Monica Arnedos, MD, PhD
New additions to the scale since 2016 include:
- Cyclin-dependent kinase 4 and 6 (CDK4/6) inhibitors in patients with mutations identified by immunohistochemistry (IHC)
- The phosphatidylinositol 3-kinase (PIK3) inhibitor alpelisib (Piqray) for patients with HR-positive, HER2-negative cancers with PIK3CA mutations
- The immune checkpoint inhibitor atezolizumab (Tecentriq) for patients with triple-negative breast cancers expressing programmed death ligand-1 (PD-L1)
- Poly ADP ribose polymerase (PARP) inhibitors for patients with breast cancer and germline BRCA1/BRCA2 mutations
- NTRK inhibitors for cancers with the ETV6-NTRK3 fusion; and
- Anti-PD1 agents for tumors with high microsatellite instability deficient mismatch repair (MSI-H/dMMR).
New targets, new approaches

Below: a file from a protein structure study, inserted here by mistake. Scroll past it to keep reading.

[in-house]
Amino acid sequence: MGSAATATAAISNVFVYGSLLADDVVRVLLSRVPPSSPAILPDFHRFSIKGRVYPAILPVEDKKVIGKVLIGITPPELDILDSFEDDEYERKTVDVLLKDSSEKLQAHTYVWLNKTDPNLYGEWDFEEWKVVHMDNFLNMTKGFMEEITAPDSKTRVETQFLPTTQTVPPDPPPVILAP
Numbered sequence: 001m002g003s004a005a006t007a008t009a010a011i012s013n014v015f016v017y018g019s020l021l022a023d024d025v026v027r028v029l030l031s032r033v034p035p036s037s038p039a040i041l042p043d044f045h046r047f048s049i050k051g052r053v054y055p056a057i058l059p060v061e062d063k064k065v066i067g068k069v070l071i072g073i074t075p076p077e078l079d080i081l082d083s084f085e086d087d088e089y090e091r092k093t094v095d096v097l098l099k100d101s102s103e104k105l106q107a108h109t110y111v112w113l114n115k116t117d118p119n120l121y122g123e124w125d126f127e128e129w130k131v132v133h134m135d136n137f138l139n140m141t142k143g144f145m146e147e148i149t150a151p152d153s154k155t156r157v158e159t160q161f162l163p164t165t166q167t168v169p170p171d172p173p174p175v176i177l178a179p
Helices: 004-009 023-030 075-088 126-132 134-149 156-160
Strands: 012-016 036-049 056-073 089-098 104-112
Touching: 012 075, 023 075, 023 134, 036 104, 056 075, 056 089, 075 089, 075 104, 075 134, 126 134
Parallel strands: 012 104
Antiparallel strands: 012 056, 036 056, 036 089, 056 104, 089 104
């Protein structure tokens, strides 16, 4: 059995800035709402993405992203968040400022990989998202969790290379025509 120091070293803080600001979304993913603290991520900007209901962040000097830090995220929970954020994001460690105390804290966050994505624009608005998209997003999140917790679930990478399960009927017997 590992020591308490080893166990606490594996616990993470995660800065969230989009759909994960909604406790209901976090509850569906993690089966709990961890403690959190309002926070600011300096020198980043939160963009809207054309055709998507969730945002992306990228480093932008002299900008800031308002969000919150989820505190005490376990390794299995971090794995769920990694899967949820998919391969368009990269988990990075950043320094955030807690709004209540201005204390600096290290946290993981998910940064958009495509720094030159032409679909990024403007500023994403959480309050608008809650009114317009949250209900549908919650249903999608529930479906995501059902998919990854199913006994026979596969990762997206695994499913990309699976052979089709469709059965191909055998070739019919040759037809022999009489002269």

“There are very important differences between metastatic and primary breast cancers in terms of mutation burden – a much higher mutation burden in metastatic vs. primary tumors, and greater clonal diversity – that notion that metastatic disease is even more genetically heterogeneous than primary tumors – and there are changes in the mutational signature from metastasis to primary tumors,” said Jorge S. Reis-Filho, MD, PhD, from Memorial Sloan Kettering Cancer Center in New York.
For example, metastatic ER-positive, HER2-negative breast cancers are enriched for certain mutational signatures in HRD (homologous recombination deficiency) APOBEC (apolipoprotein B mRNA editing enzyme, catalytic polypeptide-like) and microsatellite instability. Understanding why this occurs can help investigators identify new pathways and new targets in metastatic disease, he said.
Enriched HRD signatures are seen in more than 20% of metastatic breast cancers, and biallelic inactivation of HR genes are present in more than 20% of cases with HRD.